Guest Post – Marketing Is Supposed To Be About Relationships

I’m out on vacation this week. The keys to TheKmiecs.com have been turned over to a few, select, awesome guest writers. The following has not been edited by me and is the work and effort of the original author. I appreciate the time and thinking that went into this post and hope you will too. Enjoy!

Marketing is supposed to be all about relationships. Based on this belief, it stands to reason that marketers would want to use media that has as its distinguishing feature being part of the connective tissue that holds people together. Thus the enthusiasm for social media and its ilk.

Lots of different vehicles these days are put under the heading of “social media.” Pretty much anything that can facilitate two-way communications between two or more people could be classified as “social media.” Depending on whom you ask email would technically fall into the category of social media. Depending on who else you might ask, so would the telephone or CB radio.

But the kinds of things that have the interests peaked of those who work at the bleeding edge of marketing are tools and technologies that atomizes our expressions, globalizes their reach, and localizes their targetability all at the same time.

We’ve got Twitter to micro-blog every crumb that falls from the buttered toast of our lives. We’ve got Facebook to broadcast the expression of those crumbs to the Etherverse via TwitterSync. And soon to follow will be marketers using the likes of Loopt or Google Latitude to find us where we are when brushing those crumbs from the fronts of our shirts and send us location-based messages on where to buy the bread, where to buy the butter, where to buy the knife with which to spread that butter, and perhaps where to buy the cleaning agents that can clean the shirts from which we are brushing the aforementioned crumbs.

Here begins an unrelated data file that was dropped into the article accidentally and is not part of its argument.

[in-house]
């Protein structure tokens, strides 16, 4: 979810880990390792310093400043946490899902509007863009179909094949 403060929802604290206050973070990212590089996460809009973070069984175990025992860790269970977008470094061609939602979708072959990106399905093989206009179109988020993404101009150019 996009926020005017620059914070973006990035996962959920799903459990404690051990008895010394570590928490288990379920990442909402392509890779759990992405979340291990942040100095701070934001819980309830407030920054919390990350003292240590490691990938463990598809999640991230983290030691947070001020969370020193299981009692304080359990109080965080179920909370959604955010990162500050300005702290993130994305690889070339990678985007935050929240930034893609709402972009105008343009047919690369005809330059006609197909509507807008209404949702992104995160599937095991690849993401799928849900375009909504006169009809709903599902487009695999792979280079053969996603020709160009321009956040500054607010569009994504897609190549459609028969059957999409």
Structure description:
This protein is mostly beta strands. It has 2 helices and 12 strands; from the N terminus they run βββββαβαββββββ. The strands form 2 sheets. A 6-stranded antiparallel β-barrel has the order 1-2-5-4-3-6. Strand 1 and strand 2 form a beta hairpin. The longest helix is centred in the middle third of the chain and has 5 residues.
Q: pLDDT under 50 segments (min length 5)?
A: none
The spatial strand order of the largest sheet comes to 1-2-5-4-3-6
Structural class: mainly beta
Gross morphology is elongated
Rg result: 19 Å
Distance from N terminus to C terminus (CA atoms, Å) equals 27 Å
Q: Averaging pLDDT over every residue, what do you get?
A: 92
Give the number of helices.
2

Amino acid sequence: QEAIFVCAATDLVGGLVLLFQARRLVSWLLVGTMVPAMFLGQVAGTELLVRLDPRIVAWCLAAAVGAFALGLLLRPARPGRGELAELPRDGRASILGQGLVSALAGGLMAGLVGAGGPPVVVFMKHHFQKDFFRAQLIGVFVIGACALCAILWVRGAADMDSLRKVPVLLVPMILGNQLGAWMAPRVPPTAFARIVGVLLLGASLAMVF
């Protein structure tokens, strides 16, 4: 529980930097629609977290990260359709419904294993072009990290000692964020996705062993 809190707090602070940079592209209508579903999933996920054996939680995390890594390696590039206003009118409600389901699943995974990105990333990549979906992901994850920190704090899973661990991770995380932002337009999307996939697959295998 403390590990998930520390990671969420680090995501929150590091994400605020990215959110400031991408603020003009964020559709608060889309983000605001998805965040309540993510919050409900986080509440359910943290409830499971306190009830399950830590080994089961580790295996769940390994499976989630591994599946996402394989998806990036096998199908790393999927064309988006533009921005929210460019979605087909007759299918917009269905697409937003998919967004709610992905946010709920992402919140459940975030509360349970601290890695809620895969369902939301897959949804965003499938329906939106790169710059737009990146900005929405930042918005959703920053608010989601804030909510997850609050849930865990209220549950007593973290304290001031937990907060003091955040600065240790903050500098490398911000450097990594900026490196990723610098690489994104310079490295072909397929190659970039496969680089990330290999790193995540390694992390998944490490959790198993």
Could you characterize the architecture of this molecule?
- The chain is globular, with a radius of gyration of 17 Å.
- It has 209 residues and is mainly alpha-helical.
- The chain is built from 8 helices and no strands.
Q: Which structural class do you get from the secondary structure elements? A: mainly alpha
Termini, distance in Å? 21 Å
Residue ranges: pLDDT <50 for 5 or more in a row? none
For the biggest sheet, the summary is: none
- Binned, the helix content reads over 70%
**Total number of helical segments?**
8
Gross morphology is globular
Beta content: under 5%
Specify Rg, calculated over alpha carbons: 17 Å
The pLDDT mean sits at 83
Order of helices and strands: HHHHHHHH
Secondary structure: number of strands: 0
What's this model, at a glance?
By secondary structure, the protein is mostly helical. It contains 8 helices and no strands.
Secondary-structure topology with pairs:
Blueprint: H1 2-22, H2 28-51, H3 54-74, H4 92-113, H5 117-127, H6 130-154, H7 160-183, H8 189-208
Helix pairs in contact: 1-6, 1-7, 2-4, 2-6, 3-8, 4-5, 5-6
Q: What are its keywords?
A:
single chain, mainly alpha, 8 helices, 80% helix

Micro Blogging
Twitter is awfully interesting. I twitter sometimes not at all and sometimes several times a day. Most of the time, posts I read are not here or there in terms of their relevance to my life. They rarely offer a depth of insight on a given subject. But they are sometimes interesting, funny or just downright cute (one fellow I follow posts only things his kids say). Every once in a while there is a link to an article or a video or some other bit of bytes that lead me to that depth and insight Twitter, due to its character constraints, lacks.

Will Twitter hurt how we think and, thus, act, which in turn will change how we market to one another? Maybe. The structure of our language –even our syntax – dictates how we think, it forms the way we conceptualize; the means by which we articulate the world and what is in it informs what it is we think is in the world.

My concern is that the diminishment of formal structure – be it due to a lack of familiarity, willful rejection of it because of some belief that it is authoritarian or elitist, or a restriction of the characters we can write with — will lead to structure’s eradication for the sake of utility. Utility only and always without at least knowing what formal structure needs to be violated in order to achieve it leads to homogenizing, standardizing and monotonizing.

In an environment where infosnacking and reflex replaces deliberation and practiced experience, how we define intelligence and reason will become unrecognizable.

How can something like this be tamed for marketing?

Facebook, MySpace, et al